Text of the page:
Employers are allowed to pay 30% of the wages of a foreign employee as a tax-exempt expense allowance if certain conditions are met. This is to compensate for extraterritorial costs. This arrangement is known as the 30% rule.


In order to be able to apply to the 30% ruling, a valid decision of the tax authorities should be acquired. The following conditions have been set:

1. Incoming employee

First of all the employee must be incoming. This is the case if the employee lived more than 150 kilometers outside the Netherlands in the 24 months before coming to work in The Netherlands. It may involve an employee who has been recruited outside The Netherlands as well as an employee who has been posted in The Netherlands from abroad.

2. Labour agreement

The employee must have an employment contract.

3. Specific expertise

The employee should possess specific expertise, which is not or scarcely found on the Dutch labour market. This is the case when the salary criterion is complied with. In 2016, this condition is met if the gross annual salary amounts to € 36,889.00 including holiday pay. For employees younger than 30 years old with a master’s degree, € 28,041.00. If the employee carries out scientific research in an educational institute, no salary criterion applies.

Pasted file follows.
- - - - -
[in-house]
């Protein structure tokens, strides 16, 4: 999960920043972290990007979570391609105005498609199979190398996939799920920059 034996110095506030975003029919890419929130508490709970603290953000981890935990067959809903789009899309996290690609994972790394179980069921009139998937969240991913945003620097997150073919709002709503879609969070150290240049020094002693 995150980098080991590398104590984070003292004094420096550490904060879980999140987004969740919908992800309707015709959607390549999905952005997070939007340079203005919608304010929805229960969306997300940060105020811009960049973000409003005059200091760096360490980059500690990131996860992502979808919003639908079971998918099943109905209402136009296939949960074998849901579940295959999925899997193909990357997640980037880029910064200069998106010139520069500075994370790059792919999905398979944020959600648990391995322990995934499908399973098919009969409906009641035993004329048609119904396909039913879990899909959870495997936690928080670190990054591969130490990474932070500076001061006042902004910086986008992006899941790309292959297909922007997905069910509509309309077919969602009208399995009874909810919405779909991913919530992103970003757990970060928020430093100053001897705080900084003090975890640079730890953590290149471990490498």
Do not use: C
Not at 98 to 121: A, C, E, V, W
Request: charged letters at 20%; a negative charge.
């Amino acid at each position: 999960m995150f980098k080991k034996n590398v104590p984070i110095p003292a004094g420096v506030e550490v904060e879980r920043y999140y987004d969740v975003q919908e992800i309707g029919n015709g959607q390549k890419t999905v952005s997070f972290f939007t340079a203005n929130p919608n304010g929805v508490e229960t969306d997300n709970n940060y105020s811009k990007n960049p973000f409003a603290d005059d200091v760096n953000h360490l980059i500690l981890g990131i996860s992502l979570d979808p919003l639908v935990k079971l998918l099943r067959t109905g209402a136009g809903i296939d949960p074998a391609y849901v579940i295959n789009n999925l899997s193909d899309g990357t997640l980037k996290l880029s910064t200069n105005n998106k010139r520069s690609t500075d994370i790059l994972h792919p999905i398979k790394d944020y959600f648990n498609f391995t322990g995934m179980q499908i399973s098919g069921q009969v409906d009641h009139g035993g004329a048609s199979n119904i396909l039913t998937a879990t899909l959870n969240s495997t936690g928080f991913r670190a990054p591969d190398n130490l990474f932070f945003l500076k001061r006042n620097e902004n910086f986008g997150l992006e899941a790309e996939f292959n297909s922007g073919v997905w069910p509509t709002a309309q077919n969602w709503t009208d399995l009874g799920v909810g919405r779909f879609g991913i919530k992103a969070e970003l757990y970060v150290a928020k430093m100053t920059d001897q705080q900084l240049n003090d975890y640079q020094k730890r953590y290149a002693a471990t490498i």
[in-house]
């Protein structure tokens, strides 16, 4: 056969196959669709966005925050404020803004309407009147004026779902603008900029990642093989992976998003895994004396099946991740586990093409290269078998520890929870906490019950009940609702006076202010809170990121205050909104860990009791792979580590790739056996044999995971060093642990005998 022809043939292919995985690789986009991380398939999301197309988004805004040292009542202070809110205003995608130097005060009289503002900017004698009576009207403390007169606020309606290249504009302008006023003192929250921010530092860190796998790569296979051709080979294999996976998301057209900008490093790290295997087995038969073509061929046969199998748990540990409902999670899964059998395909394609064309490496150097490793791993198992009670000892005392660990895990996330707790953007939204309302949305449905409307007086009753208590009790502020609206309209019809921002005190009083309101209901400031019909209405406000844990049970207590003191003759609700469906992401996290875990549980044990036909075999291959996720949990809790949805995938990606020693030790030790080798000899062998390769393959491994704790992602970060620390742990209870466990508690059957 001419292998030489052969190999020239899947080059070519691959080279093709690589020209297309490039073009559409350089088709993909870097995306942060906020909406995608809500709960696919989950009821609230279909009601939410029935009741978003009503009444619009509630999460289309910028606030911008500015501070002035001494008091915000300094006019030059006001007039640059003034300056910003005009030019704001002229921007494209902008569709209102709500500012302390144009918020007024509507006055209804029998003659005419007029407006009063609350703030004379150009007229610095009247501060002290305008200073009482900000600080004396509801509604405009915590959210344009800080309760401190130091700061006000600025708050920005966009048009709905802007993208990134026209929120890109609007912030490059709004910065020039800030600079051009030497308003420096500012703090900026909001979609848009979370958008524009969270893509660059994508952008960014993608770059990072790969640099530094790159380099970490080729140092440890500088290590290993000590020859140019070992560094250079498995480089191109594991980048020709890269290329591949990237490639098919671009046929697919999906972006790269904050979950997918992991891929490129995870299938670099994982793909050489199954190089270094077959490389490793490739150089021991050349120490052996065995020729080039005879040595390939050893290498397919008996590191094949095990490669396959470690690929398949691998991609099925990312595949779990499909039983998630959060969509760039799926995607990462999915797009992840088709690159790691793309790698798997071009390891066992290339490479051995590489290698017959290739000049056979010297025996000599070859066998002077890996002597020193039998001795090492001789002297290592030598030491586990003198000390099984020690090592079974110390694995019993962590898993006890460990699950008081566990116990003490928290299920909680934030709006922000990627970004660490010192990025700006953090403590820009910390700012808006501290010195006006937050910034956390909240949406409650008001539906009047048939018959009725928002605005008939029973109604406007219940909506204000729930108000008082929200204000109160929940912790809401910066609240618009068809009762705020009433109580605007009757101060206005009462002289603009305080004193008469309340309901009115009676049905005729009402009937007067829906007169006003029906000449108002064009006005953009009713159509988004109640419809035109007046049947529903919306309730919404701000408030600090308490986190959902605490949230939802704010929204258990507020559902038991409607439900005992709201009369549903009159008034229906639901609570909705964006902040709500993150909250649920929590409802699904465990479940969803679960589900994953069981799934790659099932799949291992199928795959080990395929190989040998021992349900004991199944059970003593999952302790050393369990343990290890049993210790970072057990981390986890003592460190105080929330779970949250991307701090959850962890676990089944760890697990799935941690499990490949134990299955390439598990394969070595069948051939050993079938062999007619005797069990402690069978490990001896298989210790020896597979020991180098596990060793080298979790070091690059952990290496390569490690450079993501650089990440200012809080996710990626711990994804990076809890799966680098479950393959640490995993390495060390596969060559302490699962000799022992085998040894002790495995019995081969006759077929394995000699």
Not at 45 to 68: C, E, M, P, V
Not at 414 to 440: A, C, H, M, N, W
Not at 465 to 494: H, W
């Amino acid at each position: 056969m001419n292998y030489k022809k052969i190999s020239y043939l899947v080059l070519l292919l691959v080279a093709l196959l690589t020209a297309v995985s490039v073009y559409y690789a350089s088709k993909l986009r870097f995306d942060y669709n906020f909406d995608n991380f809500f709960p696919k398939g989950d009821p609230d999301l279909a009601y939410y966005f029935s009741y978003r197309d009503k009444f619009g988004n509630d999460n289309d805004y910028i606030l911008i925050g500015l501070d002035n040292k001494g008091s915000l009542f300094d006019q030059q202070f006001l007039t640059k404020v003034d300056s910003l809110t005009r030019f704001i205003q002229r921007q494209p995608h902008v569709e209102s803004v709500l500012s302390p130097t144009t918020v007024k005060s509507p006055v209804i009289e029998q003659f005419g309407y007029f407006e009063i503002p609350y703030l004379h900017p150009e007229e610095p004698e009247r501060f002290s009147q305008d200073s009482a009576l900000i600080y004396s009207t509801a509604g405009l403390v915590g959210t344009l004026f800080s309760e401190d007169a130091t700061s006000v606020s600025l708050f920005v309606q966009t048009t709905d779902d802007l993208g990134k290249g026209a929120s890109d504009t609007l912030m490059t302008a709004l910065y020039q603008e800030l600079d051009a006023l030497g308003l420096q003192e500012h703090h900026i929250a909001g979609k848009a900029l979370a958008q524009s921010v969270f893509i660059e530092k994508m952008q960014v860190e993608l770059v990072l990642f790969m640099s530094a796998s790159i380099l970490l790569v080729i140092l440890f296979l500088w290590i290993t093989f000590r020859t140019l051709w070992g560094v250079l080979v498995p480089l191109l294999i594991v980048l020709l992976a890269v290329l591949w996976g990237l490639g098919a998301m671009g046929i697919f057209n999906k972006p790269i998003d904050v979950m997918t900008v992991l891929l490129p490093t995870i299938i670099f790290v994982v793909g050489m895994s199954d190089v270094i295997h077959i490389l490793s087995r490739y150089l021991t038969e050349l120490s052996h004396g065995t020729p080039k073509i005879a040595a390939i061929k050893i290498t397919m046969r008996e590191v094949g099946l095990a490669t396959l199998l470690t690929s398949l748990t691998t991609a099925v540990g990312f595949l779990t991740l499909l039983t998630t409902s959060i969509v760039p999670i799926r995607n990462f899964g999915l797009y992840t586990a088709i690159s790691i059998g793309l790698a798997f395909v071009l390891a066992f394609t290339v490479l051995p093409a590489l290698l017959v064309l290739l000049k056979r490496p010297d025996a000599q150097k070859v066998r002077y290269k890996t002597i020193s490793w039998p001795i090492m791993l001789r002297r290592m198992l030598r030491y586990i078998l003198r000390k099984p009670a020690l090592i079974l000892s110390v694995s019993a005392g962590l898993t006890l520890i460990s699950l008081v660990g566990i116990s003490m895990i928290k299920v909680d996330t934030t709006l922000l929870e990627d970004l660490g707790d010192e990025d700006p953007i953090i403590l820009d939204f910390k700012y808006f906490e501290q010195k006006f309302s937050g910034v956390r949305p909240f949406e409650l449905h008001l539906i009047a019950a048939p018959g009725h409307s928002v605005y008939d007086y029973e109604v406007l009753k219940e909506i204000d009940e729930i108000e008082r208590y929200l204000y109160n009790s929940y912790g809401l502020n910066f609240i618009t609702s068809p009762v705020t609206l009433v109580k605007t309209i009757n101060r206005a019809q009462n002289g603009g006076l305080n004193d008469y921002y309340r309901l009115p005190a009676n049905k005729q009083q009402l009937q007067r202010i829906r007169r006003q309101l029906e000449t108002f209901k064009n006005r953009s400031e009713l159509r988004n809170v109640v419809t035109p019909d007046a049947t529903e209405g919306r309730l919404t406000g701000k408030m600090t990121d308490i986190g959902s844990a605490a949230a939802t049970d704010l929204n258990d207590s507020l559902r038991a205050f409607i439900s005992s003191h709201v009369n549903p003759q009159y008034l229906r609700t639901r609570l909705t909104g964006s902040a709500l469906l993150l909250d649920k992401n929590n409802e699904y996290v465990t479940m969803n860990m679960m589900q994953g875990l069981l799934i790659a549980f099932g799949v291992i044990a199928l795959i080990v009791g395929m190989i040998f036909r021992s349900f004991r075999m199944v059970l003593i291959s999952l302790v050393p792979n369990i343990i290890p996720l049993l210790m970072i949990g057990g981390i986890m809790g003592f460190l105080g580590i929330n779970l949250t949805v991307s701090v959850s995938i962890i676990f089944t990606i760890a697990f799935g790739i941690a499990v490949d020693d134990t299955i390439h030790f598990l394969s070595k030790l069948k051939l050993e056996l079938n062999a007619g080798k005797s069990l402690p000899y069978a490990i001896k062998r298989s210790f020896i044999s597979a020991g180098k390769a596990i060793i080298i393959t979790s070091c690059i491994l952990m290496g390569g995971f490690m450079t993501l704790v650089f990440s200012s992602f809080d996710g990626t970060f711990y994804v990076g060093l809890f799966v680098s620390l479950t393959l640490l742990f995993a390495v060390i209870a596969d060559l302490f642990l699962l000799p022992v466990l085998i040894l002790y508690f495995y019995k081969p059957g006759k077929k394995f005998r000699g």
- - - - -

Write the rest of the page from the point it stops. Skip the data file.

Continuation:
The employer and employee can implement the 30% ruling in two different ways. Firstly, the salary of the employee may be reduced by 30%, which part is paid as a tax-exempt expense allowance. The other option is that the tax-free portion of 30% is paid on top of the agreed salary.

Clearly, the second option will cost the employer more. To avoid misunderstandings, it is advised to make clear arrangements and write these down in the employment contract.

In conclusion

If it is decided not to apply the 30% ruling or the tax authorities do not grant the required permission or not all requirements are met, the employer may instead pay the actual extraterritorial costs separately tax-free. In that case it is required that these expenses are proven.

It is also important to note that the costs of school fees for children of incoming employees who go to an international school can be claimed as tax-exempt extraterritorial costs in addition to the 30% ruling.

Further information

Do you have questions about the 30% rule or would you like assistance with the application for this arrangement? Please contact the section Employment & Pension.